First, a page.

COURT to decide whether ex-Klansman competent to stand trial in church bombing case - NewsOn6.com - Tulsa, OK - News, Weather, Video and Sports - KOTV.com |

COURT to decide whether ex-Klansman competent to stand trial in church bombing case

Updated:
BIRMINGHAM, Ala. (AP) _ Two evaluations found ex-Ku Klux Klansman Bobby Frank Cherry incompetent to stand trial for the deaths of four black girls in a 1963 church bombing. A third determined he was fit to face charges he helped plant the deadly device.

The conflicting reports were to be the subject of a hearing scheduled for Monday before Circuit Judge James Garrett, who will try to resolve questions over Cherry's mental competency.

``I'm assuming that all the experts who did evaluations will testify,'' prosecutor Doug Jones said.

Defense attorney Mickey Johnson did not return calls seeking comment.

Eleven-year-old Denise McNair and 14-year-olds Addie Mae Collins, Carole Robertson and Cynthia Wesley were killed in the Sept. 15, 1963, blast at the Sixteenth Street Baptist Church.

Cherry and ex-Klansman Thomas Blanton Jr. were indicted last year on charges they helped plant the bomb outside the church, a gathering place for civil rights activists during weeks of demonstrations against Birmingham's segregation laws of the time.

Blanton was convicted of murder and sentenced to life imprisonment on May 1.

Originally set to go on trial with Blanton, Cherry was granted a postponement until questions about his competency could be resolved.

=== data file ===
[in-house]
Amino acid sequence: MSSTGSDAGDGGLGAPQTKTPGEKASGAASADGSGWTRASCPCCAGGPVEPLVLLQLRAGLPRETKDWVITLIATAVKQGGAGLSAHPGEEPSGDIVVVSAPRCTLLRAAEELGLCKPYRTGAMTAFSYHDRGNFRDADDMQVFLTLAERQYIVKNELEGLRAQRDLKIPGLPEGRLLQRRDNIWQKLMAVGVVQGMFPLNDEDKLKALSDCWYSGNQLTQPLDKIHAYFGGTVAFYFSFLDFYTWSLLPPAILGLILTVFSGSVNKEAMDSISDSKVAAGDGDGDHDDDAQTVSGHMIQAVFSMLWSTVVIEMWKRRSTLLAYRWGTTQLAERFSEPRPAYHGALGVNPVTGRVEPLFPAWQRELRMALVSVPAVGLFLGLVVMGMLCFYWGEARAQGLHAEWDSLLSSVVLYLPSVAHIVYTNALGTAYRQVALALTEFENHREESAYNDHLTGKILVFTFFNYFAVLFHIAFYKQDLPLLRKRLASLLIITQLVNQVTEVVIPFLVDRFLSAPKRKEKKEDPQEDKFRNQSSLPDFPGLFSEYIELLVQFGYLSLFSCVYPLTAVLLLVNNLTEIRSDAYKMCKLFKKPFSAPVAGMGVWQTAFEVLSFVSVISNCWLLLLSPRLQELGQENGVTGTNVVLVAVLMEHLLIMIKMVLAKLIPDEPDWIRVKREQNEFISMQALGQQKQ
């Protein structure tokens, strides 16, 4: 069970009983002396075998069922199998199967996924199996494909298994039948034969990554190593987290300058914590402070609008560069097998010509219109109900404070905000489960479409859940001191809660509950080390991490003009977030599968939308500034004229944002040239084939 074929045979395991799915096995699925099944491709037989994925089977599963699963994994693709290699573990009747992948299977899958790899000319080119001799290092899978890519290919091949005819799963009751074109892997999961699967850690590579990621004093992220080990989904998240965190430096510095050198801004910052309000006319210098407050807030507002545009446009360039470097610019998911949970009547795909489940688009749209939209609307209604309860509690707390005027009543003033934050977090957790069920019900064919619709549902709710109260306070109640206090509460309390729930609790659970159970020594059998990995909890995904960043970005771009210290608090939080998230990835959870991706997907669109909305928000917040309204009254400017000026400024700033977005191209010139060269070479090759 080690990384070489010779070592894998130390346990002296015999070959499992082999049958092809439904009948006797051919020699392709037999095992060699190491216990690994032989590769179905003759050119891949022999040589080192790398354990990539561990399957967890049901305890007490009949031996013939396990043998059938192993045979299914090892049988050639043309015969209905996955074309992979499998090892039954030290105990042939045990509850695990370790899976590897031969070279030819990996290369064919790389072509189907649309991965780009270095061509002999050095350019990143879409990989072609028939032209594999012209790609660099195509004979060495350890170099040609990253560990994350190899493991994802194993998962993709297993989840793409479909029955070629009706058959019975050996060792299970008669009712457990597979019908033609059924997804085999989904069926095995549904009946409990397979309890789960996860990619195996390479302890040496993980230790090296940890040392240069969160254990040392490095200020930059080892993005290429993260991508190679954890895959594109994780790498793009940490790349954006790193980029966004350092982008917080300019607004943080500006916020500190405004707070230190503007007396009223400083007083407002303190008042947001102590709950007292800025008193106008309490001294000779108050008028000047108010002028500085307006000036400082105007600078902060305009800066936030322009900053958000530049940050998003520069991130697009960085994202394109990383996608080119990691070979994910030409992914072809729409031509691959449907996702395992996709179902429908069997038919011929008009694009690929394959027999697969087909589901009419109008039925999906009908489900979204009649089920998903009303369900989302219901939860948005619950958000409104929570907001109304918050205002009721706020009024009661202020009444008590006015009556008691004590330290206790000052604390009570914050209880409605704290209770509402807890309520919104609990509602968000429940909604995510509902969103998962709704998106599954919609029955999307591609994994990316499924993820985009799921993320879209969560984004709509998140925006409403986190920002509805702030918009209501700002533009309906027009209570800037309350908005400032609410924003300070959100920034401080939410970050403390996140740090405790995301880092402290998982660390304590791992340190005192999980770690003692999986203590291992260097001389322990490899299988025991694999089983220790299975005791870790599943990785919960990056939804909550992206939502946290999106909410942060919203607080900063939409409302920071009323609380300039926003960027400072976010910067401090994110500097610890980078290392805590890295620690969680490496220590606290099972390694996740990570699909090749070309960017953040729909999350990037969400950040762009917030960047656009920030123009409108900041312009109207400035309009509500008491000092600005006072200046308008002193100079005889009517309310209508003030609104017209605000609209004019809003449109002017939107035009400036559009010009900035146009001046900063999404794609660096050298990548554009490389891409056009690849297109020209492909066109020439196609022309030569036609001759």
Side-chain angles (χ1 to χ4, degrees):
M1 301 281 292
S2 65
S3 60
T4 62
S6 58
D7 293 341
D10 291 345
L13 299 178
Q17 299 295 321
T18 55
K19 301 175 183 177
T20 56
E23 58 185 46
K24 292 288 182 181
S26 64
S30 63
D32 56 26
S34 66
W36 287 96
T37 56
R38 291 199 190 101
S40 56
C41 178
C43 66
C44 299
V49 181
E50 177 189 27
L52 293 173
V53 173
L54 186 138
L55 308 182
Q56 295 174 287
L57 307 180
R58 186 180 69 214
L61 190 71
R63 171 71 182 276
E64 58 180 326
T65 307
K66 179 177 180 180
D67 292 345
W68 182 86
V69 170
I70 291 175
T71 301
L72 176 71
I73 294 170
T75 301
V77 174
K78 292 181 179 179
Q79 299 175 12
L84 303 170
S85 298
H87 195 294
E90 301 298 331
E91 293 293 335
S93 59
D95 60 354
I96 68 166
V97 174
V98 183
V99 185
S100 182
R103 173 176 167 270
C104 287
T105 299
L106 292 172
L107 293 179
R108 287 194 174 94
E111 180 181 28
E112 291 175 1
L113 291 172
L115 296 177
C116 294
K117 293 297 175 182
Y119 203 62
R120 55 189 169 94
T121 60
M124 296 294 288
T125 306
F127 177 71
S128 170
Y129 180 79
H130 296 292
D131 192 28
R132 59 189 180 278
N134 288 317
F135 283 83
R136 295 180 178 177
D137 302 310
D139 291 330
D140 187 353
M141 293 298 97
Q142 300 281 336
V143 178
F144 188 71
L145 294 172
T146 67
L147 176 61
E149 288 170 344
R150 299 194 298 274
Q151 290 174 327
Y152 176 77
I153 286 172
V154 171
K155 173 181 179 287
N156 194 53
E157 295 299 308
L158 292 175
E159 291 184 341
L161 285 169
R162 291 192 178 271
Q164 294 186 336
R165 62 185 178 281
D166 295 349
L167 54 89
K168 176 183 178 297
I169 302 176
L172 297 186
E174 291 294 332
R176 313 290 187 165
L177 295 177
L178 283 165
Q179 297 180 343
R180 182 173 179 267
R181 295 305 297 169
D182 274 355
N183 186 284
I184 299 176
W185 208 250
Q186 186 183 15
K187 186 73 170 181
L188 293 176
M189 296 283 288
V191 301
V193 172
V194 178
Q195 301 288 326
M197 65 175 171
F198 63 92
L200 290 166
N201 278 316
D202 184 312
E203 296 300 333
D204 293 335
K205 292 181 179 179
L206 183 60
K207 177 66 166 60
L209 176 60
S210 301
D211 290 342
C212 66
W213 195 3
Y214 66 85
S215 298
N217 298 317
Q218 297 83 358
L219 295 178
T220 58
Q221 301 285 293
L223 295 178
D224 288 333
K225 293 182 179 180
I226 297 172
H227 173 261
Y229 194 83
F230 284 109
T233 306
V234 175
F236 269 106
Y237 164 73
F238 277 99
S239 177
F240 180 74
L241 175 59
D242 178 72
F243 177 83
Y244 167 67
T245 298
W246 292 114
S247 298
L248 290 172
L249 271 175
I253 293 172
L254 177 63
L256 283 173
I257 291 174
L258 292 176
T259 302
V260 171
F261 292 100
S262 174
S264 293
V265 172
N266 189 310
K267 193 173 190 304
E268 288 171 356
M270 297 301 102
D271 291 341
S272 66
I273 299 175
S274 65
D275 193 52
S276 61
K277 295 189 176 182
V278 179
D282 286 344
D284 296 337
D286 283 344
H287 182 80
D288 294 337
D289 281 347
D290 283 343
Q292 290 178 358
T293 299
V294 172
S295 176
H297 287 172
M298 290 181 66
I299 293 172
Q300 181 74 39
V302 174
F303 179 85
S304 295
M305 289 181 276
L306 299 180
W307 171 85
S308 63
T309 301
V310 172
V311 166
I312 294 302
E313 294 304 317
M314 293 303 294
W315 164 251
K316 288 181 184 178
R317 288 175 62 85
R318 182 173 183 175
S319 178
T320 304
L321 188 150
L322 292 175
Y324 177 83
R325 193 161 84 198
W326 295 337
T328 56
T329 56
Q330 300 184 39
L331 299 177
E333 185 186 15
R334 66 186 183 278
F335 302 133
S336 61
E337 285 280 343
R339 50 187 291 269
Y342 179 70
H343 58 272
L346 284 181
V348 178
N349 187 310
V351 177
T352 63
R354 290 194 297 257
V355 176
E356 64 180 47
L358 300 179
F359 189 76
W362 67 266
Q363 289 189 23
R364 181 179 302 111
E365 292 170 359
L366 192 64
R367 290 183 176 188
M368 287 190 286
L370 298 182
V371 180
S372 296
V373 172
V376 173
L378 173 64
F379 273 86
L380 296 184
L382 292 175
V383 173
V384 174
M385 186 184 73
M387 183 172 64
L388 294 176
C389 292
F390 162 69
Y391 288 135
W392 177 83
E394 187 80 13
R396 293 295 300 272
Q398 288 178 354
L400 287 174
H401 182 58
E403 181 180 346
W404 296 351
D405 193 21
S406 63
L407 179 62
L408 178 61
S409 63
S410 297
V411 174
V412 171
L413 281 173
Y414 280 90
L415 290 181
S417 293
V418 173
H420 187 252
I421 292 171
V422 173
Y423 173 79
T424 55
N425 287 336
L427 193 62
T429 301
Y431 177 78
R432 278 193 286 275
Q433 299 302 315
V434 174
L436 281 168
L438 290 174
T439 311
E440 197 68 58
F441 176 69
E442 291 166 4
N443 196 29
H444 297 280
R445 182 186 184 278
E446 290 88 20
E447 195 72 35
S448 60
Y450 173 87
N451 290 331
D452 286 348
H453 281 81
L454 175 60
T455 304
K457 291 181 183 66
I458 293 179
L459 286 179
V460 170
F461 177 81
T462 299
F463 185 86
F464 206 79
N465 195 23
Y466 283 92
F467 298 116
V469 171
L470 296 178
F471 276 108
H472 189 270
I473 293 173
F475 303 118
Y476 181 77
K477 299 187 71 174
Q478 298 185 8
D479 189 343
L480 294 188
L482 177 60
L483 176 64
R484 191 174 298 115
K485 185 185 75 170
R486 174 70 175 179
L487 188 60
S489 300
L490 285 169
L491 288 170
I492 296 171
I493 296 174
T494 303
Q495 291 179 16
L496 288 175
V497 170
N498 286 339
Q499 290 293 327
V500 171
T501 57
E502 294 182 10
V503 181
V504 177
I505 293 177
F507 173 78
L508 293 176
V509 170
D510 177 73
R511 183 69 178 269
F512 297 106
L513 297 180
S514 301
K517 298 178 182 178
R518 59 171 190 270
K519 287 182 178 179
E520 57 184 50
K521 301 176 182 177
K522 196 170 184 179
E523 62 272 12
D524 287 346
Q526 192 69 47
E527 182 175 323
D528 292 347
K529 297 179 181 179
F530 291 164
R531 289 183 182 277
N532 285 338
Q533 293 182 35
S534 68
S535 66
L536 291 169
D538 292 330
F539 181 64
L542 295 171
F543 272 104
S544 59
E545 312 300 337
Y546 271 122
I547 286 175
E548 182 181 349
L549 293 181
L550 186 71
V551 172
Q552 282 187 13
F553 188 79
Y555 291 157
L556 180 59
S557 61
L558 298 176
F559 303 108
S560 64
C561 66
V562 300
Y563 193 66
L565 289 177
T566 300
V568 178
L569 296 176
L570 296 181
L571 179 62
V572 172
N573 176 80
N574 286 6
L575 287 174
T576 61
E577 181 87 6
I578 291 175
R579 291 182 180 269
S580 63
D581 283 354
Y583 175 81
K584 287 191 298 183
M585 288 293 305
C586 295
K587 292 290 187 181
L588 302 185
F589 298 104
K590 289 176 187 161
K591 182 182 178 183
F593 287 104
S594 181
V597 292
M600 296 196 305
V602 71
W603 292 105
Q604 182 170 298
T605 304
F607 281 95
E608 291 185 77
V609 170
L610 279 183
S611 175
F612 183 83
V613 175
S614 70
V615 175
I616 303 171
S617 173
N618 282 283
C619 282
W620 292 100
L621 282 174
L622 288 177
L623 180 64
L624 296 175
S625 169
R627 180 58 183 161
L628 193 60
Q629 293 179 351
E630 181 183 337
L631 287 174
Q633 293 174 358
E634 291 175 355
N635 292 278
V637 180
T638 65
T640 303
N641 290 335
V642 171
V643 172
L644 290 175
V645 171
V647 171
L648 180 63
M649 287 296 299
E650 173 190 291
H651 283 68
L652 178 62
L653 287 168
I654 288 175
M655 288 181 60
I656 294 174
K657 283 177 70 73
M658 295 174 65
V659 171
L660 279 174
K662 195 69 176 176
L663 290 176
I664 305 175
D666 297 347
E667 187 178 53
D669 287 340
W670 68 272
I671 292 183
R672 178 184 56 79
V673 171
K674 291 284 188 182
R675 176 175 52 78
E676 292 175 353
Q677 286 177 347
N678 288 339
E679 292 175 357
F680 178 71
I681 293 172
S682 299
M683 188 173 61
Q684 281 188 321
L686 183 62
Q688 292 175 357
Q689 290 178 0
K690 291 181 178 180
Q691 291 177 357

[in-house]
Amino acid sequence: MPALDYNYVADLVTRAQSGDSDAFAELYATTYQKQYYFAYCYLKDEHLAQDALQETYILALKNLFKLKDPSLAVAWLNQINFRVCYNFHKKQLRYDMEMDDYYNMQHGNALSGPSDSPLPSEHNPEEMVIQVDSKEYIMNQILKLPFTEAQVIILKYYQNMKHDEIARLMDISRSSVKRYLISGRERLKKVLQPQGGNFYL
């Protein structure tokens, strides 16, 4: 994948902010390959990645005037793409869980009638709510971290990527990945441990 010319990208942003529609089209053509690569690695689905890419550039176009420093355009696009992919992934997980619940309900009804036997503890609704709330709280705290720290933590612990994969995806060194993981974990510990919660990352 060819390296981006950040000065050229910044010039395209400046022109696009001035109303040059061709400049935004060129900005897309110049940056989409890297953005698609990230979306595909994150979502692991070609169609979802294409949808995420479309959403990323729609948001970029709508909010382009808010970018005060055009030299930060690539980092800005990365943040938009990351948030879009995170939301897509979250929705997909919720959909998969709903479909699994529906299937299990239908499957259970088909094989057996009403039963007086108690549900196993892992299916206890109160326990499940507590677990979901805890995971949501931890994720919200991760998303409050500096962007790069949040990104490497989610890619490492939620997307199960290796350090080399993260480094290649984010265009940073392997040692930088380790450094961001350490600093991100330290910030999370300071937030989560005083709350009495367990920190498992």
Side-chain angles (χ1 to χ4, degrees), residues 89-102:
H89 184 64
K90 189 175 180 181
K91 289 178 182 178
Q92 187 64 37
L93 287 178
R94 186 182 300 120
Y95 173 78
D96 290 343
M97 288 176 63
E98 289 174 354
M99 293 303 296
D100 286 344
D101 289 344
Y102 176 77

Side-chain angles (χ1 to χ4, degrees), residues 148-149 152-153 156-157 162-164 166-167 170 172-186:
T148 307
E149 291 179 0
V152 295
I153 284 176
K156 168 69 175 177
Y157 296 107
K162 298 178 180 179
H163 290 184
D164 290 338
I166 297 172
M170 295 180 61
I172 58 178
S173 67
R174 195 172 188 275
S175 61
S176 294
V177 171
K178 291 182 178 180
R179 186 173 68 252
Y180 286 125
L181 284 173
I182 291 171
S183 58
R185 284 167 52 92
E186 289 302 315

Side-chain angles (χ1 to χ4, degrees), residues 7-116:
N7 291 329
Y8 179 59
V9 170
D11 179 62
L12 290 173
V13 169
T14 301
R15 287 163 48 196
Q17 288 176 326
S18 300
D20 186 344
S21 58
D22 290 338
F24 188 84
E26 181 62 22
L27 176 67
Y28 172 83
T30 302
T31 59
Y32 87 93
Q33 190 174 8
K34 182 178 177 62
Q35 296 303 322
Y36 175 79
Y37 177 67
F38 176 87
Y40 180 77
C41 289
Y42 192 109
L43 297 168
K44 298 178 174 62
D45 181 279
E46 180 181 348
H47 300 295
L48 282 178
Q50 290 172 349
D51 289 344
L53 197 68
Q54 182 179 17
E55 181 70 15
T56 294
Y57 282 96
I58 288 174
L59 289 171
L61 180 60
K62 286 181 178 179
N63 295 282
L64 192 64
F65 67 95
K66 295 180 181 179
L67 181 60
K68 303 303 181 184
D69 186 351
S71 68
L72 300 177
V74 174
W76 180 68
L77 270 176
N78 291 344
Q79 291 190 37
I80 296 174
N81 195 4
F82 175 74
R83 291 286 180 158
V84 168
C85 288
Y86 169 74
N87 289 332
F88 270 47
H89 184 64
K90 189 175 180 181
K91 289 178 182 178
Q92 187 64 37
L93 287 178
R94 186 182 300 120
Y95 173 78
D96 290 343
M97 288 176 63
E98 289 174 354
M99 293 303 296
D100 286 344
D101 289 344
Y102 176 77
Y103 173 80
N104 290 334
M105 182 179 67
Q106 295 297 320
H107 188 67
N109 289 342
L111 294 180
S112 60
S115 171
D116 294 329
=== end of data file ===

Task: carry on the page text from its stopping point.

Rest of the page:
Two evaluations earlier this year _ one for the defense and one for the court _ found Cherry incompetent to stand trial. But a third review conducted by two experts at the request of prosecutors found Cherry well enough to face charges that he helped bomb the church.

Under state law, Cherry must have a ``rational understanding'' of the case and the legal proceedings to be found competent. He also must be able to help his lawyers prepare the case.

If found competent, Cherry could go on trial within weeks. He could be committed to a state hospital for treatment if he's ruled incompetent for trial.

Johnson has confirmed the first two reviews diagnosed Cherry as having vascular dementia, a condition caused by diminished blood flow to the brain.

He has described Cherry as being easily confused about past events and unable to concentrate. Cherry has difficulty distinguishing his own memories from stories he hears, Johnson has said.
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